“Something must be done!”, screams the headline. The logical fallacies which usually follow from this statement, were once, famously, the subject of an episode of “Yes, Prime Minister.
The urge to do something, anything, to make a problem go away, doesn’t only afflict politicians though: it is for all of us a cri de coeur. For facing the alternative – our helplessness – is utterly intolerable.
The problem is that many problems cannot easily be fixed, or at least not by us, and not immediately; and the remedies for those that can, are almost always better for pausing to reflect before leaping in.
Anyone who has supported a friend or family member through a relationship breakup or chronic illness will testify that the most difficult thing is remaining faithful when we cannot make their pain go away. The urge, then, to turn away in frustration, or fear of being overwhelmed, gets in the way of being fully present to them, obscuring our capacity to discern for moments when our intervention might make a difference.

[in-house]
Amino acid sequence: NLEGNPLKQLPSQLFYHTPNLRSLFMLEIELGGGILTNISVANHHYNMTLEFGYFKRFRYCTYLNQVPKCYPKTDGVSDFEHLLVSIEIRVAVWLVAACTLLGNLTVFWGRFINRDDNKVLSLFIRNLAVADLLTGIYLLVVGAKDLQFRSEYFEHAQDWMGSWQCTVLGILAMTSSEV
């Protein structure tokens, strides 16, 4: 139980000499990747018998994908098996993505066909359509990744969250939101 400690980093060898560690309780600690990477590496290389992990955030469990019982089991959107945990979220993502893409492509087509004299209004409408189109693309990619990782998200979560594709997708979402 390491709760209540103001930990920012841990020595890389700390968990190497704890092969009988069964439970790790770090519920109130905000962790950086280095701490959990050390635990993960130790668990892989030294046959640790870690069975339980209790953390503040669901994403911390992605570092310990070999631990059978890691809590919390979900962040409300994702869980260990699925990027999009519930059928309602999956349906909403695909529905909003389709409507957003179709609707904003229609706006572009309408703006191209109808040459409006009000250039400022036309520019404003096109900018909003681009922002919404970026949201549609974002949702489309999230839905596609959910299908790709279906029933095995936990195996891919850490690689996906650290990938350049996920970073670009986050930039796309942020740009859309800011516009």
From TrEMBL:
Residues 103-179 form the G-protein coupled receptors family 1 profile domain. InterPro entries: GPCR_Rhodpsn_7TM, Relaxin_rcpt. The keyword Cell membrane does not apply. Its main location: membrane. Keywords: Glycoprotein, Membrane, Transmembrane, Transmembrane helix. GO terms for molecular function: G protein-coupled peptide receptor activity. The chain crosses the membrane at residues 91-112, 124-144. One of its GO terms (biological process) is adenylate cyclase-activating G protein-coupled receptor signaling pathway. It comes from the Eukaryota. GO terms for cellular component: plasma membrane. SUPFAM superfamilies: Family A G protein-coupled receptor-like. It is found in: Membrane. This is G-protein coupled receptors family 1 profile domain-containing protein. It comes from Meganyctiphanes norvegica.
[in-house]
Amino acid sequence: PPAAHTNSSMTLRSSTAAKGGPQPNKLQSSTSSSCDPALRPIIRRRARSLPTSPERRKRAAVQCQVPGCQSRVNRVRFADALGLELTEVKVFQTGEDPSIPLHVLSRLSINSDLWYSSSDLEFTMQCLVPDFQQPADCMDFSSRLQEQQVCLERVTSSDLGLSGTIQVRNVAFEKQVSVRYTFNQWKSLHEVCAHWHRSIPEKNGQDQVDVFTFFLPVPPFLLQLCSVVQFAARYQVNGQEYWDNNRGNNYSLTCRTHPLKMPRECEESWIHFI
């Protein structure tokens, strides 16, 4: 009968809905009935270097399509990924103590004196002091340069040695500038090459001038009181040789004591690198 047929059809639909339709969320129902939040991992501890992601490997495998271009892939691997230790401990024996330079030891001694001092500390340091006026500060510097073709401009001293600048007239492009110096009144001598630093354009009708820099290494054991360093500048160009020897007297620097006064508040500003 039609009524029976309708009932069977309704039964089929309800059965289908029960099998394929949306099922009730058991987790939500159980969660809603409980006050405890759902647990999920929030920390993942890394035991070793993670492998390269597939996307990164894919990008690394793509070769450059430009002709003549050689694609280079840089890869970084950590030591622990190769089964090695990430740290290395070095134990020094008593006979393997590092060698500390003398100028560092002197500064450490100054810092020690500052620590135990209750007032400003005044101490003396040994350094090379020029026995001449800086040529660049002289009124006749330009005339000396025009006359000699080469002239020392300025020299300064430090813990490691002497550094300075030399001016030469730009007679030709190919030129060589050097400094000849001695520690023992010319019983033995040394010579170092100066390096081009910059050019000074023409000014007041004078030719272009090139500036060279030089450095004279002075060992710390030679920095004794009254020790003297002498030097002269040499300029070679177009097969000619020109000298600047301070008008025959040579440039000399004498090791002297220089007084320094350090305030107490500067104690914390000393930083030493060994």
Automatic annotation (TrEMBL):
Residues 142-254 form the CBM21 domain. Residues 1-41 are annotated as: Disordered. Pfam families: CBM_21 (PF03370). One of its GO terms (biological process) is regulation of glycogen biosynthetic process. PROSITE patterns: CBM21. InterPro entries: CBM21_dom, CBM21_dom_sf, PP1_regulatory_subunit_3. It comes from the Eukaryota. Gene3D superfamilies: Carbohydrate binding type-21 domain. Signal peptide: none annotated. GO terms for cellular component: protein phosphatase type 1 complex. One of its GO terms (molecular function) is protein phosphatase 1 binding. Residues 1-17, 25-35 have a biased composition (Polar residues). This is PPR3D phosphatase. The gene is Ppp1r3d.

At the Jesuit Refugee Service, our mission is first and foremost to accompany refugees, many struggling with intractable situations. Our Charter says, “to accompany refugees is to affirm that God is present, even in the most tragic moments of human history”. These words of assurance have been a great consolation for me, in work as in my personal life. All is held somehow in Providence, no matter how bleak, and if we remain faithful to our mission and alert to His presence, we will see Him, labouring ahead of us.
Lord, as we draw closer to your Passion, give us that mix of confidence in your presence, and humility in the face suffering, that will help us remain faithfully by your side. Amen.